c. If the better reading is that Adam is standing next to Eve, then why is the serpent addressing her and she responding to him but Adam being silent throughout? (In all seriousness, it wouldn’t be hard to read the helpmeet-who-replaces-YHWH as Adam’s boss, until after the fall, when the roles are reversed.)
    d. When they cover themselves with leaves they, in a sense, become trees. (Or: try to look as if they are trees.) What might this symbolize?

    And, a confession, there is SO MUCH going on in these verses that I almost feel like we can’t get into it because we don’t know where to start or how to stop.

  2. rosalyndewelch says:

    One commentary I’ve been looking at (I think it’s the NSRV “Interpreter’s Bible”? It’s in the church library where I work, but right now I’m home so I can’t verify) reads this tale as the “civilizing” of Adam and Eve, their transition from innocent, naked savage, so to speak, to clothed, enculturated, enlightened human embedded in a system of ethics. The “opening of the eyes” is read as their initiation into human culture (one of the basic forms of which is shame), and their making of leaf-clothes the basic form of material culture. Not sure how persuasive I find this idea, but there it is.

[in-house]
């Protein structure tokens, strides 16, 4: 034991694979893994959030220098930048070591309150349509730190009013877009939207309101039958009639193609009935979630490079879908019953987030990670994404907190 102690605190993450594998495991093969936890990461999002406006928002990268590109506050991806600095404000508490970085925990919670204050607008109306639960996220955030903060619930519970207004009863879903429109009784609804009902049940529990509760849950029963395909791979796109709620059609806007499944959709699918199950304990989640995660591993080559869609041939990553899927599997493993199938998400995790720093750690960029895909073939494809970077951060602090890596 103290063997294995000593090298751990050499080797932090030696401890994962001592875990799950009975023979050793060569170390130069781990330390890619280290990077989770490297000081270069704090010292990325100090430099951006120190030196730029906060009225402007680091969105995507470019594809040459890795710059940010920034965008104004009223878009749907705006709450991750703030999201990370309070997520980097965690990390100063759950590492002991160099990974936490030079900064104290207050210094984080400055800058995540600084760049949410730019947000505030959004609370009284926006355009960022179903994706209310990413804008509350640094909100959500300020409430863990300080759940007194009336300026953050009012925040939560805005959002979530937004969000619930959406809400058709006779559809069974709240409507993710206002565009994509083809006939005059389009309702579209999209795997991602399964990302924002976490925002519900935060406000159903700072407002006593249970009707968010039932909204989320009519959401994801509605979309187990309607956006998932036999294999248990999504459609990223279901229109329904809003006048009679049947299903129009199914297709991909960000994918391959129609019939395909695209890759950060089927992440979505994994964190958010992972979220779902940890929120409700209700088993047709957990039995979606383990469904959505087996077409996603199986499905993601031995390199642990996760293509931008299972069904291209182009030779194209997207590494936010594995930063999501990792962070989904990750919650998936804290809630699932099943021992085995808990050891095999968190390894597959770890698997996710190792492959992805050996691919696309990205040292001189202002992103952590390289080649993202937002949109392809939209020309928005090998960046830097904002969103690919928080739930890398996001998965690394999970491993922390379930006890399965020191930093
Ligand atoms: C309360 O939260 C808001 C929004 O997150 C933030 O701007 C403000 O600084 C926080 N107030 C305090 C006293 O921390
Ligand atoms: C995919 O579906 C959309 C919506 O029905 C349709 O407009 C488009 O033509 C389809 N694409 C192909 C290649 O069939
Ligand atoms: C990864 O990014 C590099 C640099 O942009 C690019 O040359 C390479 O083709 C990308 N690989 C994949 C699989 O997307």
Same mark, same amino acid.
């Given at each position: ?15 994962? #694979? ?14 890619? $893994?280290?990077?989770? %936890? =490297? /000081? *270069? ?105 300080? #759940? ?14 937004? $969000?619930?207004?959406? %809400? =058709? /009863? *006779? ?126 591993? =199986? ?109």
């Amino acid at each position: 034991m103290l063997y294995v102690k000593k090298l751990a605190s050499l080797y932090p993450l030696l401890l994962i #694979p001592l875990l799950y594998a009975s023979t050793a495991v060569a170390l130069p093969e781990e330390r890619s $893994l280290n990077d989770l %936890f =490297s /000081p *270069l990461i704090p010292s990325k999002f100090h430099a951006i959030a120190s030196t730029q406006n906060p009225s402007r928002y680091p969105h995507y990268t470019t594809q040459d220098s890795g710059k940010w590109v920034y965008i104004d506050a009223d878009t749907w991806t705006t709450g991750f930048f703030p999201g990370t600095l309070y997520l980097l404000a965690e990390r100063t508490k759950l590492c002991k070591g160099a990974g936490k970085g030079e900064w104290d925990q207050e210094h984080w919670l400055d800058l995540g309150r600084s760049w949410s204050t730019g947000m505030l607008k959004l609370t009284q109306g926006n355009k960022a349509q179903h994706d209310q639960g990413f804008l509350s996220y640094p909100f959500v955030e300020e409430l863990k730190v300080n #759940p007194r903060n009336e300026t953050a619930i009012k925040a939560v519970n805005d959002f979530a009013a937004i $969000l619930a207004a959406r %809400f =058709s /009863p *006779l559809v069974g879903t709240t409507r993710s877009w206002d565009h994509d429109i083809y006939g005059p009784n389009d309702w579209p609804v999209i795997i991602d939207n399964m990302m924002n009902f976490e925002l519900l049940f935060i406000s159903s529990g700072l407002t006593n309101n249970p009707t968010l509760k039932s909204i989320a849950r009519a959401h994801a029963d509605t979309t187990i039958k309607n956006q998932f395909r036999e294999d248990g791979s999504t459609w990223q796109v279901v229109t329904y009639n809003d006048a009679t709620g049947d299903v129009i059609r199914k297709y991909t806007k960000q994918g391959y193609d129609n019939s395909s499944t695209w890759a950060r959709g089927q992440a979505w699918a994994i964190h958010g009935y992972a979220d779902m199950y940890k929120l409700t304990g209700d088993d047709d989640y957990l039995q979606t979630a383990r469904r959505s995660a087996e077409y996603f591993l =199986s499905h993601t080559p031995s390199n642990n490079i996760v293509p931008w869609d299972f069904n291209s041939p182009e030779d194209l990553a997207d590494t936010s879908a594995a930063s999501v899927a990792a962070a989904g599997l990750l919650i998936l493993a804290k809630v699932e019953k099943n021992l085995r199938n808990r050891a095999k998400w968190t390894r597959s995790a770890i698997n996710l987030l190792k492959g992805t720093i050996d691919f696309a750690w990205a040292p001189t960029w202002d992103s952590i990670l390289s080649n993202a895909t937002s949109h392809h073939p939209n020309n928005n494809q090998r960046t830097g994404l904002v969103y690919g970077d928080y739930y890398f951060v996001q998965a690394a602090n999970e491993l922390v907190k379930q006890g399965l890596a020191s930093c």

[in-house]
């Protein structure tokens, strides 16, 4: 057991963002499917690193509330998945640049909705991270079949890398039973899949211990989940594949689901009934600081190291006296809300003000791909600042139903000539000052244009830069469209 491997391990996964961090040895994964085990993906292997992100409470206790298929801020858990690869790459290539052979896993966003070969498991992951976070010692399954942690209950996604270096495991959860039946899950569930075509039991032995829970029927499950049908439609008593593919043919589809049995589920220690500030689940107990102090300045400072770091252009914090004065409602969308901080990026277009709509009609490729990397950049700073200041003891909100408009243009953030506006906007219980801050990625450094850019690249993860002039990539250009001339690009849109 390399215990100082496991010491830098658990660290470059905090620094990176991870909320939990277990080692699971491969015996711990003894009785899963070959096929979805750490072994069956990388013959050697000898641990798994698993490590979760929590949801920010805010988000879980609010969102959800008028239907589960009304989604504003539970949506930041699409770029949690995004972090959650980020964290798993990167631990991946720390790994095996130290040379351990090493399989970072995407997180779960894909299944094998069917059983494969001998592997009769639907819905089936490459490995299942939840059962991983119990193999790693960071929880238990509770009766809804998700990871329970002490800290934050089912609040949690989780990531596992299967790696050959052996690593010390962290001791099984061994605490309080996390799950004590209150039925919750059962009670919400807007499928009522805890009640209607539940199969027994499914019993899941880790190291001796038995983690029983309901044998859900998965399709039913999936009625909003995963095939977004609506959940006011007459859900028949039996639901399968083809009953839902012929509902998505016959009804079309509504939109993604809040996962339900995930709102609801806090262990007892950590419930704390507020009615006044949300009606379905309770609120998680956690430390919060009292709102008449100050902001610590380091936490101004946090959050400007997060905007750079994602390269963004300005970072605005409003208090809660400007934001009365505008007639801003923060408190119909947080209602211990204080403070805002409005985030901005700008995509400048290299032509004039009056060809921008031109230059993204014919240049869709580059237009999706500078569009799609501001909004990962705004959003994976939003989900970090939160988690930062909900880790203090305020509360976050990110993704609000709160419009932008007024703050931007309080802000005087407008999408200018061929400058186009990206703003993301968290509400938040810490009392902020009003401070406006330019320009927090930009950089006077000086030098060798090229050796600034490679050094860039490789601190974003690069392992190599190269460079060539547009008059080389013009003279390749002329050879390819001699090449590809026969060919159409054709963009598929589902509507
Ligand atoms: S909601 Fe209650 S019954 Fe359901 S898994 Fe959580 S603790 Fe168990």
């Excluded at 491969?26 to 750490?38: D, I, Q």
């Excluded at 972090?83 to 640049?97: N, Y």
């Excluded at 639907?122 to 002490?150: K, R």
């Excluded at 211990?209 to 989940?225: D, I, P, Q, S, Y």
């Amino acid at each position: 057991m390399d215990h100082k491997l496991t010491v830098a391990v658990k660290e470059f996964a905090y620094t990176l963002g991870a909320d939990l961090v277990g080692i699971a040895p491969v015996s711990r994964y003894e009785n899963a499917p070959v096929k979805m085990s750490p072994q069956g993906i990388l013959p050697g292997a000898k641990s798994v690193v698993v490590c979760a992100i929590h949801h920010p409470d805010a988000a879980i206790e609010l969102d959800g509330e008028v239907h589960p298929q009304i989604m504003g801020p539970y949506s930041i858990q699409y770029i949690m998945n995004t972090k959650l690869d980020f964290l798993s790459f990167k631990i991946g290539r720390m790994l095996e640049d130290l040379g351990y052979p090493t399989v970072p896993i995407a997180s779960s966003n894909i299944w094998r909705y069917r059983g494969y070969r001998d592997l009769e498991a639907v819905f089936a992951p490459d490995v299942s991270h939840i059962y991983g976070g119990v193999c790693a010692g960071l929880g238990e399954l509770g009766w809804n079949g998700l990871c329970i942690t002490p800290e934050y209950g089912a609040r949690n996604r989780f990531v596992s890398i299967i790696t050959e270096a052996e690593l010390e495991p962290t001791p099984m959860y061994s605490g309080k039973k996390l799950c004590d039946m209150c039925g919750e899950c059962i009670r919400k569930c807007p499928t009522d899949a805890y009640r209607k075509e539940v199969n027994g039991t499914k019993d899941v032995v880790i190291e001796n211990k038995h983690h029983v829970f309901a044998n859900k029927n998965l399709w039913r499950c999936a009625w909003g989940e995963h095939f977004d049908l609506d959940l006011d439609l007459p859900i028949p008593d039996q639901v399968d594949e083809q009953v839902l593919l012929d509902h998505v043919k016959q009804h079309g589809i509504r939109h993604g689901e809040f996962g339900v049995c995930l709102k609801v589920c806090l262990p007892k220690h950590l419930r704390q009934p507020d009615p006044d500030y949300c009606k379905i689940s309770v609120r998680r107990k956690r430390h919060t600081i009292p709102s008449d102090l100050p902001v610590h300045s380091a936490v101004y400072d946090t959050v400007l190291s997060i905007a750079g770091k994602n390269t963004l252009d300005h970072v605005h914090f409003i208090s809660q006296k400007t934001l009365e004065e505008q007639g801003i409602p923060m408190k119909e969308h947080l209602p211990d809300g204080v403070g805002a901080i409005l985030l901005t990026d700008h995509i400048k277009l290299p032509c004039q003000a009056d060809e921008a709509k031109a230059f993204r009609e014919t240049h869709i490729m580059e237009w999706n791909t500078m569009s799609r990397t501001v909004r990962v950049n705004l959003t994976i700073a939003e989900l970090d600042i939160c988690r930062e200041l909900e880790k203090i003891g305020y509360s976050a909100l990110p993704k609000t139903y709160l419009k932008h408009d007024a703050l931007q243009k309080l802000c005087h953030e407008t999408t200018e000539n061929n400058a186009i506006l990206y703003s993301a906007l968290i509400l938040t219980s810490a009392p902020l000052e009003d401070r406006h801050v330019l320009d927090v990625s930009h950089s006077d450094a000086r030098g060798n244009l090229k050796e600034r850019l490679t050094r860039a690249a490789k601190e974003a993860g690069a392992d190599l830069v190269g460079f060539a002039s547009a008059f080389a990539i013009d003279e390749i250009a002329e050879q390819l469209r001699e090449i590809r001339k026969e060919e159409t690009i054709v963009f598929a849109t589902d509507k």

By the way, excellent point about needing animal materials to sew loincloths of leaves. I’m sure we’ve all heard the point that when God clothes Adam & Eve with coats of skins (ie endowment), that implies that there was an animal sacrifice made, thus bringing Christ into a narrative from which he is frustratingly (for Christians!) absent. (Julie, you probably know the source?) But your point is that tools made from animal bodies were necessary even earlier in the narrative — if, as you say, the text allows us to interrogate it in this way.

  3. Candice says:

    hehe, Julie, I’m smiling at the idea of the roles reversing after the transgression. I’m open to that possibility. She must have been a strong woman.

    I really like the comments here about the reasons Adam and Eve may have felt shame.

  4. Adam Miller says:

    Great discussion of nakedness, Ben. I hadn’t yet looked at this second batch of notes when I posted my previous comment.

    A couple thoughts:

    1. Verse seven seems to emphasize that “the eyes of the TWO of them were opened.” Is an immediate an effect of their awareness division/difference or twoness?

    2. Ben makes a great point about the introduction of (civilizing?) technologies in this verse. It reminds of the chiasm that Julie included in her previous comment: the command to be agricultural come before the fall but is fulfilled only after it. The advent of technology (of human ways of addressing perceived lacks/nakedness in the natural world) is the key intervening event.

  5. Pingback: The Philosophies of Men… Mingled with Monopoly | Times & Seasons